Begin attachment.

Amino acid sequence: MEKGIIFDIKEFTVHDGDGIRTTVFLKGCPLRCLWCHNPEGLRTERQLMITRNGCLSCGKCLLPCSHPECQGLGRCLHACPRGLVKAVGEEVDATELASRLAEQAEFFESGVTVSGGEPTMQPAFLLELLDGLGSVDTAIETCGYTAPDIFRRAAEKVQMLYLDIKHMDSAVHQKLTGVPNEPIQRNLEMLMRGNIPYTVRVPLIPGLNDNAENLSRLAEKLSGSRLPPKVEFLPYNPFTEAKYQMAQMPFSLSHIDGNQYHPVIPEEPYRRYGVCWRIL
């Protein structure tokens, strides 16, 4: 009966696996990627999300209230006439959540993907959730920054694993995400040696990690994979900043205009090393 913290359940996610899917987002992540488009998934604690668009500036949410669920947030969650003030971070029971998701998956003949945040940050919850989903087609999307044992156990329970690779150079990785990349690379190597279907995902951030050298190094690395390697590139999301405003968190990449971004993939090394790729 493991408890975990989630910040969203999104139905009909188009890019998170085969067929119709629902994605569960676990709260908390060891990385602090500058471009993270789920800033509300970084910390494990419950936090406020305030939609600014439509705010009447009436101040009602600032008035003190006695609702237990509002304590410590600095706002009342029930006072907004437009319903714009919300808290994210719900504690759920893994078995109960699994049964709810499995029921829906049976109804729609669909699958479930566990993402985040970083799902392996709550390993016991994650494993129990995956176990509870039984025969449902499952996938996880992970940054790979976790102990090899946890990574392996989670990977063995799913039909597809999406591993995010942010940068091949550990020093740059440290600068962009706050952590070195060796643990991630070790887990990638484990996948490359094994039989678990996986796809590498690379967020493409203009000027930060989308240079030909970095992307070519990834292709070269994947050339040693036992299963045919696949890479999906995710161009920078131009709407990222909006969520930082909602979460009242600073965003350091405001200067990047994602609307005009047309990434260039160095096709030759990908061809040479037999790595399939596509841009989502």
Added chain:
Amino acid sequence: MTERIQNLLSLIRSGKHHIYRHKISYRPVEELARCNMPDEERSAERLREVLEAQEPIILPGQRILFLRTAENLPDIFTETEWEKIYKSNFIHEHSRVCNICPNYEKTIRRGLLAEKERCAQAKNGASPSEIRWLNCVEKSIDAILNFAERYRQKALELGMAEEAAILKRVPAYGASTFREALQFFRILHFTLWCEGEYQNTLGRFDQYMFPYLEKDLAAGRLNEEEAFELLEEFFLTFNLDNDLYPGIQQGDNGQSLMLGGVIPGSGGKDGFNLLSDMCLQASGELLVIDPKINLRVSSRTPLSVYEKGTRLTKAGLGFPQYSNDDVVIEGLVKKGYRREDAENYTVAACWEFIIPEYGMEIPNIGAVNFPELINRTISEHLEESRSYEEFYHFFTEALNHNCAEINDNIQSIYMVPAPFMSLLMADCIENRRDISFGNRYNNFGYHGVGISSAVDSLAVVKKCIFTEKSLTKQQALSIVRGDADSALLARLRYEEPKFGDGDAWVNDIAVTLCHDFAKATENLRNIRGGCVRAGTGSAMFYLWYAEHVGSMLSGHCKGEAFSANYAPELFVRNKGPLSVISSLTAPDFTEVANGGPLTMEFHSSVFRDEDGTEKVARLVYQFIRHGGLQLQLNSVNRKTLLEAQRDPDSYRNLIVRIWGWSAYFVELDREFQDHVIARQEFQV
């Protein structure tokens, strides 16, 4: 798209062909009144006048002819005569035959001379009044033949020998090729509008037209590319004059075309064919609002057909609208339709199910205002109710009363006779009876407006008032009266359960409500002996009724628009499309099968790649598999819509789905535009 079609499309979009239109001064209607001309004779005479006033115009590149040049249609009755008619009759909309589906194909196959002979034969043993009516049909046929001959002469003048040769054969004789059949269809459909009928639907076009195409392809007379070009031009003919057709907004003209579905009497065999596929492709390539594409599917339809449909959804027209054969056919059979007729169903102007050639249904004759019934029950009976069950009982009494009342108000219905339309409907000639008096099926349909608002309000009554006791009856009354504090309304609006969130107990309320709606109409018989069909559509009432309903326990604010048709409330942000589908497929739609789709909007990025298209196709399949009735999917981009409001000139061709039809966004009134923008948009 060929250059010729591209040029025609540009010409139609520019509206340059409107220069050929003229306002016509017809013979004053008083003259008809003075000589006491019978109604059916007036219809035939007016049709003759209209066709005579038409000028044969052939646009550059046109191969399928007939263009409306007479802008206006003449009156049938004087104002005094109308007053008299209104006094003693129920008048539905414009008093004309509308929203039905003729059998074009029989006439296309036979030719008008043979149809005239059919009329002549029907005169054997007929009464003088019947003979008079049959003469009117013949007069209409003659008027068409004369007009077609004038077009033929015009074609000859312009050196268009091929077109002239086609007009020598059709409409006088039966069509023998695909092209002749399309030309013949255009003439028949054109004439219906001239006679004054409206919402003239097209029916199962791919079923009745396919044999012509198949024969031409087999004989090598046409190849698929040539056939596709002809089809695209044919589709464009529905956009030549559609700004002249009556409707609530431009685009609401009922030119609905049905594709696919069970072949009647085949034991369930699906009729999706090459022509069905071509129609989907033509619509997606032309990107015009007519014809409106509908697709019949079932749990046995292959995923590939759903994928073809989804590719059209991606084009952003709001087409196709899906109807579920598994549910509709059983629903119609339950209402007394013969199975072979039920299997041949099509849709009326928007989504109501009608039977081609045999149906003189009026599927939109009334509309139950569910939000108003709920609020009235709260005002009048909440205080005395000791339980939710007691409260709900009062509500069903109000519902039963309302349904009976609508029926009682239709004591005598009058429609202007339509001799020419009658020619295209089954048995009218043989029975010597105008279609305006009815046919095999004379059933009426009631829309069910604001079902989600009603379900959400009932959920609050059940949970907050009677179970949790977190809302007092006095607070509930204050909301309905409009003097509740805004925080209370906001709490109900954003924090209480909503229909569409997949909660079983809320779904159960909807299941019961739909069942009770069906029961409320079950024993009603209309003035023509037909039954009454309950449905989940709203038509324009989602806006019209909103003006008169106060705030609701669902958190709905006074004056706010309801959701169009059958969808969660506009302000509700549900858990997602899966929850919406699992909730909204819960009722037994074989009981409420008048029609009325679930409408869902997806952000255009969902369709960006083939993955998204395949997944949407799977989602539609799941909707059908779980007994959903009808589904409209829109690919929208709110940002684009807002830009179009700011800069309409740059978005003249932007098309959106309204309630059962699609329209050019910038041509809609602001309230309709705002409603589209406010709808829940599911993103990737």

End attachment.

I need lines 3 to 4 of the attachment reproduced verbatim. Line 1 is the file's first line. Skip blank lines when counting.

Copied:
Added chain:
Amino acid sequence: MTERIQNLLSLIRSGKHHIYRHKISYRPVEELARCNMPDEERSAERLREVLEAQEPIILPGQRILFLRTAENLPDIFTETEWEKIYKSNFIHEHSRVCNICPNYEKTIRRGLLAEKERCAQAKNGASPSEIRWLNCVEKSIDAILNFAERYRQKALELGMAEEAAILKRVPAYGASTFREALQFFRILHFTLWCEGEYQNTLGRFDQYMFPYLEKDLAAGRLNEEEAFELLEEFFLTFNLDNDLYPGIQQGDNGQSLMLGGVIPGSGGKDGFNLLSDMCLQASGELLVIDPKINLRVSSRTPLSVYEKGTRLTKAGLGFPQYSNDDVVIEGLVKKGYRREDAENYTVAACWEFIIPEYGMEIPNIGAVNFPELINRTISEHLEESRSYEEFYHFFTEALNHNCAEINDNIQSIYMVPAPFMSLLMADCIENRRDISFGNRYNNFGYHGVGISSAVDSLAVVKKCIFTEKSLTKQQALSIVRGDADSALLARLRYEEPKFGDGDAWVNDIAVTLCHDFAKATENLRNIRGGCVRAGTGSAMFYLWYAEHVGSMLSGHCKGEAFSANYAPELFVRNKGPLSVISSLTAPDFTEVANGGPLTMEFHSSVFRDEDGTEKVARLVYQFIRHGGLQLQLNSVNRKTLLEAQRDPDSYRNLIVRIWGWSAYFVELDREFQDHVIARQEFQV